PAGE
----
Examiner’s “Hypothetical” Does not Create a Written Description Problem

Scott Daniels | September 17, 2010

An inter partes reexamination, pending since November 2004, came to a favorable conclusion for the patentee today, with the PTO Board reversing the examiner on a written description issue.  Essentially the Board found in Light & Motion Industries, Inc. v. Sartek, LLC (95/000,060) that two claim limitations had written description support in a provisional application, thereby removing the examiner’s primary prior art reference.

The claimed invention was a portable high intensity lighting system for underwater use by divers.  The claims included the limitation that a “ballast container [be] potted with a material to eliminate vacant spaces therein so that said potting material is in direct contact with the interior of said ballast container” (emphasis added).  The examiner acknowledged the disclosure in the provisional application that the ballast container “has been filled with a material to eliminate vacant spaces within.”   But he then imagined a container lined with an insulator and then filled with potting material, so that the potting material would not be in direct contact with the interior of the container.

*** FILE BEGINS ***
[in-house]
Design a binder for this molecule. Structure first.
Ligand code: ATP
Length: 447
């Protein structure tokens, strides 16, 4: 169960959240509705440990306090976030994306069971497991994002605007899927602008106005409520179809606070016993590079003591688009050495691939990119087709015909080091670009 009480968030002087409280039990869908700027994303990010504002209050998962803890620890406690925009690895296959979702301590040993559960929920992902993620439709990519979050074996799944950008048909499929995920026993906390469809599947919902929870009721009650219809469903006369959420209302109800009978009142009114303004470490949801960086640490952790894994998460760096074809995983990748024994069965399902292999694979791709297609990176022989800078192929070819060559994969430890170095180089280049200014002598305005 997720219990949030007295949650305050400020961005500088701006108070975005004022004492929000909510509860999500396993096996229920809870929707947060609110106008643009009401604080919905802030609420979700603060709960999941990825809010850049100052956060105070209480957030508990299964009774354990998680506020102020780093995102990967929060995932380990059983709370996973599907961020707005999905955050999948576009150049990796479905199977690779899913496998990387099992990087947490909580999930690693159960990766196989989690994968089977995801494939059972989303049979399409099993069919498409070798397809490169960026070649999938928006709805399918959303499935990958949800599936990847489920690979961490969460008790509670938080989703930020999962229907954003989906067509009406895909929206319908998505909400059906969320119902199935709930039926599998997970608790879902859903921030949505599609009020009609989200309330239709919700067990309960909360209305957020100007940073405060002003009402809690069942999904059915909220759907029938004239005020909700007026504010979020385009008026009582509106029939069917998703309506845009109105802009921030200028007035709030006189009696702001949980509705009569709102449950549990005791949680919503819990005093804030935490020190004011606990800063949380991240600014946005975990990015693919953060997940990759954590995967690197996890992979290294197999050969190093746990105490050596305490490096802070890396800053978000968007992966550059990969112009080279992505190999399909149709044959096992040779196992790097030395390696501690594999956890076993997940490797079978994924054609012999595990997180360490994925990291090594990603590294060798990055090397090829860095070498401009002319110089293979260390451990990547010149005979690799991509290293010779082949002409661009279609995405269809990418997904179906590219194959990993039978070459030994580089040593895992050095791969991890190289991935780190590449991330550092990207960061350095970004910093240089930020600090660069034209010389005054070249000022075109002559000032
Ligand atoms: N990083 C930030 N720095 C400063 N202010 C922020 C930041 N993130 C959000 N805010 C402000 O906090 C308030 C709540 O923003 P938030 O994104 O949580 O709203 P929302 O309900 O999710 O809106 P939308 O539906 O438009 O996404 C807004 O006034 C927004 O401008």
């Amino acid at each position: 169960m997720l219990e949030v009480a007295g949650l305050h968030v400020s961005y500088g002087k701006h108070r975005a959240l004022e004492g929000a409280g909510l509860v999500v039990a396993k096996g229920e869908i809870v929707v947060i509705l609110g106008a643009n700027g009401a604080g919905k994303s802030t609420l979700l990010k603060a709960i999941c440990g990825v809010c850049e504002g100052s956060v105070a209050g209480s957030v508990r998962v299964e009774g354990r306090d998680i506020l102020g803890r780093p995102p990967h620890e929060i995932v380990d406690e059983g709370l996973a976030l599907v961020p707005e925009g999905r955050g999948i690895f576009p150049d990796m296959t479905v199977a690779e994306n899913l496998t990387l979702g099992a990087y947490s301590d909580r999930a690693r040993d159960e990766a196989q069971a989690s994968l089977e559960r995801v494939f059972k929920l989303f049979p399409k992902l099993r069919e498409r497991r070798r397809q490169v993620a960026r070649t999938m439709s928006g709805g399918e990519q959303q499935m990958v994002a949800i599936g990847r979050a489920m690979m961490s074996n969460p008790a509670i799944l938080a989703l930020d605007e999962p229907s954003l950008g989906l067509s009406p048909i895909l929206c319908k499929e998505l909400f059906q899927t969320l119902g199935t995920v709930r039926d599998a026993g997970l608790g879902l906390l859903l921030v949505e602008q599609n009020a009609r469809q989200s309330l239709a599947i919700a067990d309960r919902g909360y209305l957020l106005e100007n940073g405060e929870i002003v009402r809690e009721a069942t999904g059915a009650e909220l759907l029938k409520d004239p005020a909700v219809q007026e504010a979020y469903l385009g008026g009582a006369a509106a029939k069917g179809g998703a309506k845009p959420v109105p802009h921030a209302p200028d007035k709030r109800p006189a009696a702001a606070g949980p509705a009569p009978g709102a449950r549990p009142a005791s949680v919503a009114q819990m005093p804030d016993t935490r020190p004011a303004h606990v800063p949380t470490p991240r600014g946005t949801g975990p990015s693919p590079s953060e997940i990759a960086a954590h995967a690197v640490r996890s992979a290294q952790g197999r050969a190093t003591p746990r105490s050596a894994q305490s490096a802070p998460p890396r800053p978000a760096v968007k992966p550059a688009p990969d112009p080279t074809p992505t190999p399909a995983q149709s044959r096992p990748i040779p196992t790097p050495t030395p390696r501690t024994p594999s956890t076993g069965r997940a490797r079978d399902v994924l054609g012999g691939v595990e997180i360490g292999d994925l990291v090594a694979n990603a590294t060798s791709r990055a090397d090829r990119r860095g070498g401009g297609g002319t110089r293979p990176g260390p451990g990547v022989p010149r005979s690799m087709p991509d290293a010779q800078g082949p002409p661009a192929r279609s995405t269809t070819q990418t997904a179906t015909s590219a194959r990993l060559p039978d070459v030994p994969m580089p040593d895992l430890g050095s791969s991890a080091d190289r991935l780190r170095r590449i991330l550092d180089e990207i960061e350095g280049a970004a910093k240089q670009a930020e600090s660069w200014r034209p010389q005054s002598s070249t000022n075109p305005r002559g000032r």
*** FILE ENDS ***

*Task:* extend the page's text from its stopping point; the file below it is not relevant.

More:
The Board disagreed, dismissing the examiner’s insulator-lined container as a “hypothetical scenario.” Written description, the Board explained, does not mean that the disclosure “guarantees” the claimed invention, but merely that one skilled in the art would recognize from the disclosure that the applicant possessed the invention.  A provisional application could provide written description support, even though it that “did not explicitly exclude or might generically encompass” additional embodiments outside the scope of the claims.

The examiner also found that the claim limitation of a “waterproof protective container” was not supported because the provisional application did not describe the container as “waterproof.”  The Board had little trouble with this second point, noting the examiner’s own finding that one would assume from the specification that the container was waterproof.

Provided that the reexamination requester does not appeal to the CAFC, the patentee may now ask that the stay of its District Court case – filed in 2003 – be lifted.

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